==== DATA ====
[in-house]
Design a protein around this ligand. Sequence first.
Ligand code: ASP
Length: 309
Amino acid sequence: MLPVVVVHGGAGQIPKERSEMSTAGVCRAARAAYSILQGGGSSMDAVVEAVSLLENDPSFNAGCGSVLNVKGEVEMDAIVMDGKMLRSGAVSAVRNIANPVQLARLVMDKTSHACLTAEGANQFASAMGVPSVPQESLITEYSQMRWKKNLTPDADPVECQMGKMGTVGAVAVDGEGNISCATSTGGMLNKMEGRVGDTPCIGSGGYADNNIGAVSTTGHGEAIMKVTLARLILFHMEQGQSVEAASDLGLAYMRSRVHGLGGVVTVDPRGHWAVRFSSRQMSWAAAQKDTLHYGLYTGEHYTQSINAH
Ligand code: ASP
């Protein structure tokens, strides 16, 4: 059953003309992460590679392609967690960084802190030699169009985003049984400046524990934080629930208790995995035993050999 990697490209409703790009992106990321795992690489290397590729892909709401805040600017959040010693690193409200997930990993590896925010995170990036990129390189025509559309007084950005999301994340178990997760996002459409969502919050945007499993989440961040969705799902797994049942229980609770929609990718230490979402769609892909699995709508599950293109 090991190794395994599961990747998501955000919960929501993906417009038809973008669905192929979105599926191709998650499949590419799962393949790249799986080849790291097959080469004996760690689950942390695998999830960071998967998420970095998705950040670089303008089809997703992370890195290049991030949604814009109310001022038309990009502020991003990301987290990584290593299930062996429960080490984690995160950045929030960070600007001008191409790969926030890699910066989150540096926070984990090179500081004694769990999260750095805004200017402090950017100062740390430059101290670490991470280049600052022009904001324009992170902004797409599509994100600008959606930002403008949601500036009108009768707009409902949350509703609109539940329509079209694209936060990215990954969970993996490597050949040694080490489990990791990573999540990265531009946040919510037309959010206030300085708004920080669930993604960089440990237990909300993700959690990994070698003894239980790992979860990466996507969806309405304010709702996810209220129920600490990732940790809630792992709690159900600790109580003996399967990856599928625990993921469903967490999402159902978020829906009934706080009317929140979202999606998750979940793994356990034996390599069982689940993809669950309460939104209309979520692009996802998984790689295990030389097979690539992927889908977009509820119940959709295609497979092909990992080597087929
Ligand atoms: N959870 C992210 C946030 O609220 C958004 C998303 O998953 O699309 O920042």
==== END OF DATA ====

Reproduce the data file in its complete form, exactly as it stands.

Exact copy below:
[in-house]
Design a protein around this ligand. Sequence first.
Ligand code: ASP
Length: 309
Amino acid sequence: MLPVVVVHGGAGQIPKERSEMSTAGVCRAARAAYSILQGGGSSMDAVVEAVSLLENDPSFNAGCGSVLNVKGEVEMDAIVMDGKMLRSGAVSAVRNIANPVQLARLVMDKTSHACLTAEGANQFASAMGVPSVPQESLITEYSQMRWKKNLTPDADPVECQMGKMGTVGAVAVDGEGNISCATSTGGMLNKMEGRVGDTPCIGSGGYADNNIGAVSTTGHGEAIMKVTLARLILFHMEQGQSVEAASDLGLAYMRSRVHGLGGVVTVDPRGHWAVRFSSRQMSWAAAQKDTLHYGLYTGEHYTQSINAH
Ligand code: ASP
């Protein structure tokens, strides 16, 4: 059953003309992460590679392609967690960084802190030699169009985003049984400046524990934080629930208790995995035993050999 990697490209409703790009992106990321795992690489290397590729892909709401805040600017959040010693690193409200997930990993590896925010995170990036990129390189025509559309007084950005999301994340178990997760996002459409969502919050945007499993989440961040969705799902797994049942229980609770929609990718230490979402769609892909699995709508599950293109 090991190794395994599961990747998501955000919960929501993906417009038809973008669905192929979105599926191709998650499949590419799962393949790249799986080849790291097959080469004996760690689950942390695998999830960071998967998420970095998705950040670089303008089809997703992370890195290049991030949604814009109310001022038309990009502020991003990301987290990584290593299930062996429960080490984690995160950045929030960070600007001008191409790969926030890699910066989150540096926070984990090179500081004694769990999260750095805004200017402090950017100062740390430059101290670490991470280049600052022009904001324009992170902004797409599509994100600008959606930002403008949601500036009108009768707009409902949350509703609109539940329509079209694209936060990215990954969970993996490597050949040694080490489990990791990573999540990265531009946040919510037309959010206030300085708004920080669930993604960089440990237990909300993700959690990994070698003894239980790992979860990466996507969806309405304010709702996810209220129920600490990732940790809630792992709690159900600790109580003996399967990856599928625990993921469903967490999402159902978020829906009934706080009317929140979202999606998750979940793994356990034996390599069982689940993809669950309460939104209309979520692009996802998984790689295990030389097979690539992927889908977009509820119940959709295609497979092909990992080597087929
Ligand atoms: N959870 C992210 C946030 O609220 C958004 C998303 O998953 O699309 O920042």